TURKEY has often been described as Muslim, but not quite Muslim; Asian, but not quite Asian, even though it is located in Asia. Some prefer to describe it as sitting in South East Europe. It is therefore also European; but not quite.
Unlike in most Western European countries, there is a level of cultural conservatism in Turkey that is based on oriental (Asian and Arabic) influences. European views about a possible Turkish integration into the EU have also gone from a total rejection by some, through a “maybe if they changed this or that aspect of their culture or how they run their affairs” by others, to just maybe one day, by another group.
Very few people I know are particularly excited by any prospects of Turkey becoming a member of the EU. This is probably what explains the country’s decades long, on and off talks about talks with European Union leaders to negotiate a possible integration.
Up to now, the country has also often been described as the only Muslim parliamentary democracy, with political parties contesting elections every five years in order to form a government.
But this is about to come to an end following this weekend’s constitutional referendum that saw the Turkish electorate surrender all power to one man, a strong President, and opening doors for him – strongman Recep Tayyip Erdogan – to issue new laws and sign executive orders without going through parliament. It also means that he stands to remain in office for another twelve years without anyone being able to touch him.
As part of the 18 proposed constitutional changes he wants to bring in, Erdogan has also reopened a debate about bringing back the death penalty to Turkey; ostensibly to discourage future repeats of the coup attempt that happened in July 2016. This is despite Turkey having introduced Law # 5218 of July 2004, effectively abolishing capital punishment for all times, and later ratifying Protocol # 13 of the European Convention on Human Rights in 2006 in view of a possible integration into the EU.
Were this to happen, it would close the door forever to any hope of Turkey being accepted as a member of the European Union. The European Council, which oversaw the ratification of Protocol # 13, would see to that.
The results of the referendum are being contested by opposition parties and progressive citizens who have already been protesting in the streets of Ankara and other cities.
Even if Erdogan manages to stick to his guns, which is likely in that part of the world, it is still hard to imagine how so many people would have voted to give up their democratic right to participate in the affairs of their country through an elected parliamentary representatives to one man. Have they learned nothing from history, if not their own, that of other countries in the region and other parts of the world?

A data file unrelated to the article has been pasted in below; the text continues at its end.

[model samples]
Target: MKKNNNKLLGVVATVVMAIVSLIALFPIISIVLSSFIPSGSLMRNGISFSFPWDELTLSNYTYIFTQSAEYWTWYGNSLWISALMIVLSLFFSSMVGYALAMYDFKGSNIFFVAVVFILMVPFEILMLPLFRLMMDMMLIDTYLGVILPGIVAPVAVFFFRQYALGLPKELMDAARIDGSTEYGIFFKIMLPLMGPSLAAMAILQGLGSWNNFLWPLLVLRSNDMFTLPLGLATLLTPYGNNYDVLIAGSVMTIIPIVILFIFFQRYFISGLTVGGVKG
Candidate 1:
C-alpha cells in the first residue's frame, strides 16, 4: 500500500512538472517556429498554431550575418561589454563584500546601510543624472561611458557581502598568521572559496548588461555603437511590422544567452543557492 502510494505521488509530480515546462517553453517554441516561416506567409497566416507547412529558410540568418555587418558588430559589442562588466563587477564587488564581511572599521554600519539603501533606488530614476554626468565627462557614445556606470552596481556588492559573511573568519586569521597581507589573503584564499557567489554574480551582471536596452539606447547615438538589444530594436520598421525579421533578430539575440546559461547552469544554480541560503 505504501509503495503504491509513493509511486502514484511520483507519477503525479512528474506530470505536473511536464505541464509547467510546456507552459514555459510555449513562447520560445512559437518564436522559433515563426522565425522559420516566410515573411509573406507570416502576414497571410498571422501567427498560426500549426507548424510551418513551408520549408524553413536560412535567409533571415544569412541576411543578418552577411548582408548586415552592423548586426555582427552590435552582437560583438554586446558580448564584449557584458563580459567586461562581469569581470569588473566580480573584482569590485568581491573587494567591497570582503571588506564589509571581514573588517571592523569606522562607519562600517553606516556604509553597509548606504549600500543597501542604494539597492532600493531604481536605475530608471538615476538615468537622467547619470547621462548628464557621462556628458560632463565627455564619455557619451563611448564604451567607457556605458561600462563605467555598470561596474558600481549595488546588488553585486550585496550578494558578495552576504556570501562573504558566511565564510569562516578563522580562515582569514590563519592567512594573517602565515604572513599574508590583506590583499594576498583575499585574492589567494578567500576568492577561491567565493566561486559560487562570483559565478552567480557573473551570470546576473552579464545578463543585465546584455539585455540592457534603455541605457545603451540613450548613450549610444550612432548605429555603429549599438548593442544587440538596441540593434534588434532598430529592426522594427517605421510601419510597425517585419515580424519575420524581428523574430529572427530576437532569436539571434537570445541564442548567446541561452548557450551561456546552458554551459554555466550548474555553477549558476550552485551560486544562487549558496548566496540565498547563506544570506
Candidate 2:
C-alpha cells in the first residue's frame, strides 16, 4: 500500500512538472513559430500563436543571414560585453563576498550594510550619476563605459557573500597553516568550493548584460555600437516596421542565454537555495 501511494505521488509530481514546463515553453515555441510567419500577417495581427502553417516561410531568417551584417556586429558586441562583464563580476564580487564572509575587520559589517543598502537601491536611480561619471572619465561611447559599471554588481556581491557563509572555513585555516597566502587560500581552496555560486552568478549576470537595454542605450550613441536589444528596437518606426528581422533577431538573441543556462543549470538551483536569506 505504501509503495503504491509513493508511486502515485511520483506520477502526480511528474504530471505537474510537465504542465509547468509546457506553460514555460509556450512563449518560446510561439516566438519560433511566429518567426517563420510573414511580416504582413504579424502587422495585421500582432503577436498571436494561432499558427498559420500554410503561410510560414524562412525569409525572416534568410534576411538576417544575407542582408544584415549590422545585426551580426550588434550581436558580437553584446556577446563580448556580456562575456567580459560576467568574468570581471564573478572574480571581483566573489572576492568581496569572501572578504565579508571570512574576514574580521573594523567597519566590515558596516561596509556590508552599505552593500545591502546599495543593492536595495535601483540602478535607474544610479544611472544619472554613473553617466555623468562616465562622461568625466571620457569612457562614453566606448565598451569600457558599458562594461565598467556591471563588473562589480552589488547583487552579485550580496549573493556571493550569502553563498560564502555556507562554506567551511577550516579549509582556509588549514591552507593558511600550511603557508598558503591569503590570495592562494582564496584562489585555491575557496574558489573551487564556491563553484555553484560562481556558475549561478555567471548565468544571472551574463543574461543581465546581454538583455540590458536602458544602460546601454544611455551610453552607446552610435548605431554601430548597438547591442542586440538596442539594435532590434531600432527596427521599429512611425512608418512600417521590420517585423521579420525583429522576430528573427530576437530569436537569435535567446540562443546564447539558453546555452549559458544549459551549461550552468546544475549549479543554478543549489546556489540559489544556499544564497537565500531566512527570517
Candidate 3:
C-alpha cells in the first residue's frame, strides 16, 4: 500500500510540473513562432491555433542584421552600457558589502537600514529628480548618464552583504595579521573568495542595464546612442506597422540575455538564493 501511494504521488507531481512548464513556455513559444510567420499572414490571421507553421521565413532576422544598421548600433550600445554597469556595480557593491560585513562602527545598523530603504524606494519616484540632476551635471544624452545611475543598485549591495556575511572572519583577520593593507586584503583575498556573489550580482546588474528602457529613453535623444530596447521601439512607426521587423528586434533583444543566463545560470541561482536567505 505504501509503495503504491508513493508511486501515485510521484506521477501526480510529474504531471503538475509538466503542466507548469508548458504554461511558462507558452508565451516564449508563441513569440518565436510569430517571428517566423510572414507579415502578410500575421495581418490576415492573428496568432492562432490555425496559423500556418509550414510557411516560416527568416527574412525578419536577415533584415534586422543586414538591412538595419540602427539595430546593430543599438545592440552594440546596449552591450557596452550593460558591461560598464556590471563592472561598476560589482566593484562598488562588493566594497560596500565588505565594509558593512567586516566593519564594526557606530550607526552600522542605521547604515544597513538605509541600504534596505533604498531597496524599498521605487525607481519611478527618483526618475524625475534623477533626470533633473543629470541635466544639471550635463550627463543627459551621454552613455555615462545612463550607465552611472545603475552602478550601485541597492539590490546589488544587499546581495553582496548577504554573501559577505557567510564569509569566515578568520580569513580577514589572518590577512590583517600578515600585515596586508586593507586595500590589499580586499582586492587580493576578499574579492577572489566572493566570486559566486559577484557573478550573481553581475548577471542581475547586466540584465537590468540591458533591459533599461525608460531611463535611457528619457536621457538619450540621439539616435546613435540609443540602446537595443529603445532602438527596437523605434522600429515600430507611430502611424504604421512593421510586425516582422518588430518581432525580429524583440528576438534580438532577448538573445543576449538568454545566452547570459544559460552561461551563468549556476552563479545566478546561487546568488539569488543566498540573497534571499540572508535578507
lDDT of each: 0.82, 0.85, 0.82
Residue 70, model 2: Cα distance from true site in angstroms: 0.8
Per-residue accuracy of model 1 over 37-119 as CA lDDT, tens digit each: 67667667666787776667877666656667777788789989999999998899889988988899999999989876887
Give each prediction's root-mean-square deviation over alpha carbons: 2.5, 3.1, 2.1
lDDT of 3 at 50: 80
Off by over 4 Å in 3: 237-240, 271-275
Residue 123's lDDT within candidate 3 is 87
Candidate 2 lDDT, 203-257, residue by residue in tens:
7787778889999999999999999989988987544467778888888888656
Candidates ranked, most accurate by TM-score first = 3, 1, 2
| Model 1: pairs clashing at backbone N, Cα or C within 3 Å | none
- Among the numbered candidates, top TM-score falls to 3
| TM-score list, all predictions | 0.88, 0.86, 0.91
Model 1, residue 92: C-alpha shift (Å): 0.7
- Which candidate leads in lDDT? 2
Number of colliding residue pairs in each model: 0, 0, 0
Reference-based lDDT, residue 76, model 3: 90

Without independent democratic institutions, no democracy can stand firm
Unlike a country like the US which boasts strong democratic institutions, as well as checks and balances that have already been tested against the overzealous President Trump, the new Turkey will soon feel what it is like to live in a dictatorship.
Erdogan loves power. He has also proven to be rather paranoid and capable of using his country’s security forces to suppress freedom of expression and other rights.
Without independent democratic institutions and a parliament able to contain his insatiable hunger for control, Turkey will soon feel like Robert Gabriel Mugabe’s Zimbabwe, Yoweri Museveni’s Uganda, Omar al-Bashir’s Sudan, Jose Eduardo dos Santos’ Angola, or Teodoro Obiang Nguema Mbasogo’s Equatorial Guinea.
Is South Africa immune?
There was a time, not in a very distant past, when many South Africans, including this writer, could nonchalantly boast to outsiders who would listen that South Africa would never know any of the political ills that have come to characterise much of the African continent. Sadly, going by recent and ongoing developments in the country, that certainty is slowly waning.
The only thing that shields us from going the route of those countries in Africa and elsewhere is the presence of democratic institutions, including the judiciary, that could still play the role of buffer between the ‘still unclear aims of a President desperate to maintain control beyond December’s ANC elective conference’ and hell.
The challenge we face in South Africa today, like it was the case in Zimbabwe when Mugabe was on the verge of losing power to one Morgan Tsvangirai in 2013, is to avoid falling into the trap of being manipulated into believing the stories about White Monopoly bogeymen, racism, and the sudden promise of radical economic transformation.
We should ask ourselves why now? Why the sudden urgency? Can we believe the aims of a President and his cronies who are clearly under siege, trying to divert our attention from a raft of serious legal issues hanging over their heads?
Our challenge, furthermore, is to acknowledge – not in terms dictated by desperate politicians who can see that their days are increasingly numbered – that there indeed remains work to be done to create a more inclusive growing economy and heal the racial fissures that have begun to show their heads again thanks to careless utterances by current leaders. The fact that current leaders are wrong, divisive, and bad for national unity, does not mean that all is well in our country.
What we need are more credible, values driven leaders who will enjoy broader public acceptance, goodwill and trust to lead South Africa back on track with building a truly nonracial, non-sexist, and inclusive society.
We should never say that the Turkish mistake would never happen in South Africa, because all signs are there. Our emotional investment should be on buttressing our democratic institutions through vigilance and open public participation in the affairs of our country; and not investing in men and women whose true aims we could never predict for sure.